"Ms McDonnell also cited the criticisms of Ireland by various UN human rights committees which have become notorious for pressuring states across the globe to liberalise abortion. However, she failed to point out that such bodies have no legal authority to pursue such an agenda and no international treaty recognises access to abortion as a human right. She concluded by speaking about the case of ABC v Ireland due to be heard by the European Court of Human Rights on 9th December. Three women with the assistance of the IFPA claim Ireland's prohibition on abortion breaches the European Convention on Human Rights.

"Ms Joanna Erdman of the International Reproductive and Sexual Health Law Programme at Toronto University, Canada, compared grounds for abortion in various national laws. She too relied heavily upon statements from UN committees and said that Ireland was the only member of the Council of Europe which allowed abortion to protect a woman's life but not her health. She argued that life and health were indivisible rights but made it clear that she supported the complete decriminalisation of abortion.

"Ms Christina Zampas, senior regional adviser and legal adviser for Europe for the Center for Reproductive Rights, spoke of how human rights standards could be used to widen the accessibility of abortion. While Universal Declaration of Human Rights recognises the rights of all sections of the “human family” without any distinction and regardless of status, she asserted that it did not recognise the right to life before birth since Article 1 states refers to “all human beings are born free and equal in dignity and rights.”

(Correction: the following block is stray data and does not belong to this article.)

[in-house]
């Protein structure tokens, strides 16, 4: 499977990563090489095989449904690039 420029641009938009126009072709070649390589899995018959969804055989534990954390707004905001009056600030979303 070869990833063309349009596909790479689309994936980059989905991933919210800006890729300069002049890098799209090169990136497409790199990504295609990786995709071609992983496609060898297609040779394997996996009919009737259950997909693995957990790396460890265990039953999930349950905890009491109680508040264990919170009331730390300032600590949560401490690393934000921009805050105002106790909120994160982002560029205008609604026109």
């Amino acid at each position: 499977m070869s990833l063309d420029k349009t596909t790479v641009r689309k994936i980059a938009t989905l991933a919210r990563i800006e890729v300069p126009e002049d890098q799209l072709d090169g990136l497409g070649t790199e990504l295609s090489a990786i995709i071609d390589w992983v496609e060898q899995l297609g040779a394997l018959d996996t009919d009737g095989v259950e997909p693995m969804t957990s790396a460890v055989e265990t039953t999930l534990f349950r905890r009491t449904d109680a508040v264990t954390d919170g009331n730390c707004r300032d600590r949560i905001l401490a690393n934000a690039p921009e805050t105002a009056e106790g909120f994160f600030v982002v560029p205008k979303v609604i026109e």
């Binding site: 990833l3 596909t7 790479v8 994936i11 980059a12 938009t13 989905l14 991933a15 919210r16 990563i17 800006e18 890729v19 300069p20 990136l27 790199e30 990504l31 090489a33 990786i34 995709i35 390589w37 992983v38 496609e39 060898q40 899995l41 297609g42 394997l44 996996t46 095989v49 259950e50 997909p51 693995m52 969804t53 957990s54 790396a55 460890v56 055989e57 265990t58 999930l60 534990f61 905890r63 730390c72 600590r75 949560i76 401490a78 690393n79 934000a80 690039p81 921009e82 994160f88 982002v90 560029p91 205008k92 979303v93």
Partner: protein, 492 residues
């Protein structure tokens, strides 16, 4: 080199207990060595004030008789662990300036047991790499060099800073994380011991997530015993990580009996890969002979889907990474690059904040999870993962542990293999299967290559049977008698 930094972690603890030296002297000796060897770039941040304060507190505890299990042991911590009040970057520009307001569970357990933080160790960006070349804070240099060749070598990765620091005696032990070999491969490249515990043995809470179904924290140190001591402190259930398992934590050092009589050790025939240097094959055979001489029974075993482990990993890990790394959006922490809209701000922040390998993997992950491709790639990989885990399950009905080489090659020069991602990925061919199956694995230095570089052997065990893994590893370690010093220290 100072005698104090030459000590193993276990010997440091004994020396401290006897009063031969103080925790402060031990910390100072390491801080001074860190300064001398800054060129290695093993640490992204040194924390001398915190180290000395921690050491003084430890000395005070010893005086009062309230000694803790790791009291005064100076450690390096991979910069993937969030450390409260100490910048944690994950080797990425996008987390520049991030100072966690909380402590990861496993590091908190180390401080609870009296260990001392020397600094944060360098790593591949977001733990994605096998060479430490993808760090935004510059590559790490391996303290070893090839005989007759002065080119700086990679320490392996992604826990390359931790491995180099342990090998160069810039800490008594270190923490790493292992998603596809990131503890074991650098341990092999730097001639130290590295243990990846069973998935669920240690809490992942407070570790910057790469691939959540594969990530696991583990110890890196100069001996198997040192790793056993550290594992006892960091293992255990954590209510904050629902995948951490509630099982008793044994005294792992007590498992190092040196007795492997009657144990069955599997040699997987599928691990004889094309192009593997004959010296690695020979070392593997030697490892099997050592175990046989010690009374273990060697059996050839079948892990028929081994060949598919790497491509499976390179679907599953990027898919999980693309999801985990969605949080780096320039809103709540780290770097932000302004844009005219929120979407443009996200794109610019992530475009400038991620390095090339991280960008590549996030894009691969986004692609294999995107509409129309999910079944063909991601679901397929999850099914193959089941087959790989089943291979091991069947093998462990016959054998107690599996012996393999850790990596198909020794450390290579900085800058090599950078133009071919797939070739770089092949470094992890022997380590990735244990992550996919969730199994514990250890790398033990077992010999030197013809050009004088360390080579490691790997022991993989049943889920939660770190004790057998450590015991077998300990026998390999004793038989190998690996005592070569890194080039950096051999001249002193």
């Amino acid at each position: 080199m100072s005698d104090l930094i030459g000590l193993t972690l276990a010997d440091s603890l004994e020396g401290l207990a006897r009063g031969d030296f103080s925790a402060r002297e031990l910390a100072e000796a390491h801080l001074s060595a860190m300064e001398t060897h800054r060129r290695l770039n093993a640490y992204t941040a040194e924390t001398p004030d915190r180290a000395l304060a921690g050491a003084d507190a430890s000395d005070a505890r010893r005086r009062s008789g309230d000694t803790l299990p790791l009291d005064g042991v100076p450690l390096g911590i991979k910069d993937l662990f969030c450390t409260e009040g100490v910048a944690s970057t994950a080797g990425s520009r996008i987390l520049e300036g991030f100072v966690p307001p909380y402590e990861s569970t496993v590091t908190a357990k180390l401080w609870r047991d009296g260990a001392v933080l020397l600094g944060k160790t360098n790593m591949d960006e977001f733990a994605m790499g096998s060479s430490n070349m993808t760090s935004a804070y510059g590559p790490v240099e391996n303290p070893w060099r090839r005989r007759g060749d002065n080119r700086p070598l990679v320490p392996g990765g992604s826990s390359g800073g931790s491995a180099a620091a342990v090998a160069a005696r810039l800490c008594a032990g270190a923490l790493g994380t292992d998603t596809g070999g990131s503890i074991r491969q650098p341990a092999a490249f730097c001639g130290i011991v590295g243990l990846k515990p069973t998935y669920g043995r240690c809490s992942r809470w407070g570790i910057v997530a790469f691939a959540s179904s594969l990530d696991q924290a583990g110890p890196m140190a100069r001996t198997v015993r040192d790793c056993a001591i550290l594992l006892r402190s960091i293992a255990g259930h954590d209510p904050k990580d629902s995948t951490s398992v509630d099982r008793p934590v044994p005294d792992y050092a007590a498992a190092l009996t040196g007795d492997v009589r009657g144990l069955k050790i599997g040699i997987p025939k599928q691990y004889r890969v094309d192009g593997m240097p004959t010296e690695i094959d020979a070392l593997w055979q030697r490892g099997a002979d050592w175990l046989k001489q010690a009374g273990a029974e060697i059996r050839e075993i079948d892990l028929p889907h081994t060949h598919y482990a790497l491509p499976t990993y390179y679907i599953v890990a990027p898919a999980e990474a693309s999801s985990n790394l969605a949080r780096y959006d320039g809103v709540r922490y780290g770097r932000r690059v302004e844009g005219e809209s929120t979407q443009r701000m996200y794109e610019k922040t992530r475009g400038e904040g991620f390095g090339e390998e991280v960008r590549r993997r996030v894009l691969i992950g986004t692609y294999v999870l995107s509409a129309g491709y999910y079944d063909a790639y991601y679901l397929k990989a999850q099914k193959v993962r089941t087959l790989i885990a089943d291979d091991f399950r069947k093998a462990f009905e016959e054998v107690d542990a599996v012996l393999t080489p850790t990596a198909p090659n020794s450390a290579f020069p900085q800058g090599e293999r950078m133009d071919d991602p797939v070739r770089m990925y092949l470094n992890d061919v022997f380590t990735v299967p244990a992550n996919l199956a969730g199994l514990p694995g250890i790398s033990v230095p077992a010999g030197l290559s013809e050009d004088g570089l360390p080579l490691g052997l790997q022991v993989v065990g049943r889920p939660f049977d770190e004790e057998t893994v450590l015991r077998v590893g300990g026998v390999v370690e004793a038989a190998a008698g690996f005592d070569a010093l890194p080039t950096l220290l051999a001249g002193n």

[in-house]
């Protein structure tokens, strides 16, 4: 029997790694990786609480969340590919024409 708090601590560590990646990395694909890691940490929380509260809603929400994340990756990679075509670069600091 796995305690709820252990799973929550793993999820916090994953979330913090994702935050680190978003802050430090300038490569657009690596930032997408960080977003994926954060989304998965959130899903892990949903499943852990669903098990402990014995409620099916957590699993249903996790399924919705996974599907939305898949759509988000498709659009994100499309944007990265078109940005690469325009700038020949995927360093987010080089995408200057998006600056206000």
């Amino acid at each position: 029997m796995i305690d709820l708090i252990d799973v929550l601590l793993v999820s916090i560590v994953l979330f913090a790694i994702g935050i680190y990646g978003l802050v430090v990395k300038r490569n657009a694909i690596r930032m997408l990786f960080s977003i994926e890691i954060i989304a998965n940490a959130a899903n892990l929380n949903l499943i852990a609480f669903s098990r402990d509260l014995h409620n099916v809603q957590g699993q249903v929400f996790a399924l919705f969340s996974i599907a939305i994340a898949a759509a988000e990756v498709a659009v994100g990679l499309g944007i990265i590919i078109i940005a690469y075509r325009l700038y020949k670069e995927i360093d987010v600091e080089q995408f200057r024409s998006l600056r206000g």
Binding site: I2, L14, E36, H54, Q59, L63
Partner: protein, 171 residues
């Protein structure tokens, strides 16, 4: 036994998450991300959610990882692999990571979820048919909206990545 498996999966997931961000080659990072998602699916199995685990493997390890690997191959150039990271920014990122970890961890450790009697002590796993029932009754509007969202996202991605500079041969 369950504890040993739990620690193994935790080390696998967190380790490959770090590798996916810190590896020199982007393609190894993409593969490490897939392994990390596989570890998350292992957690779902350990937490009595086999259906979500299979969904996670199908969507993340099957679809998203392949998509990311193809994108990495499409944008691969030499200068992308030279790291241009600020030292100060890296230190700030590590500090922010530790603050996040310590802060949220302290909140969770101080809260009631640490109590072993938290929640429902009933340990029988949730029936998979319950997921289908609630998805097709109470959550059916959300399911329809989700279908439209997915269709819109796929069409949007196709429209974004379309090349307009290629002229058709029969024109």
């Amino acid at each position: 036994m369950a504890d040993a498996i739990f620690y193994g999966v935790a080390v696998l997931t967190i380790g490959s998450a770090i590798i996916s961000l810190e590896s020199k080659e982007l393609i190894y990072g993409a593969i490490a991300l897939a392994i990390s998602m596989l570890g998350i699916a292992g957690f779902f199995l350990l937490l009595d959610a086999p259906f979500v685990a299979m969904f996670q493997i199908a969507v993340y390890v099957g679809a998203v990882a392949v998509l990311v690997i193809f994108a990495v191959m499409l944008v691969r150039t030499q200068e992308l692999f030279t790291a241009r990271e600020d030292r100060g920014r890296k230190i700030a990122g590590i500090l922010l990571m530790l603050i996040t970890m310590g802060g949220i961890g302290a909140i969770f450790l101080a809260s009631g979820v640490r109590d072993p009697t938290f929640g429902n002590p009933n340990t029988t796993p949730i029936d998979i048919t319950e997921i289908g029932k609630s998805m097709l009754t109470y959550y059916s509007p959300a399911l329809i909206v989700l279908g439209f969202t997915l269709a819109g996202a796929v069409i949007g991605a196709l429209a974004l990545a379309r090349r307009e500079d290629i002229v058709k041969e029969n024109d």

"Most of her argument, however, was again draw treaty monitoring bodies such as the committee set-up to oversee the implementation of Convention on the Elimination of Discrimination against Women. Such committees, she said, had repeatedly called for penalties for abortion to be removed from national laws. She complained that Ireland imposed some of the strictest penalties for abortion in Europe, if not in the world.

"The final speaker was Ms Aminata Touré, former chief on gender, culture and human rights for the United Nations Population Fund and a past director of International Planned Parenthood Federation in her native Senegal. Believing she was speaking to a friendly audience she spoke candidly about the importance of using the Maputo protocols and the United Nations' Millennium Development Goal number five on maternal mortality to widen access to abortion in Africa.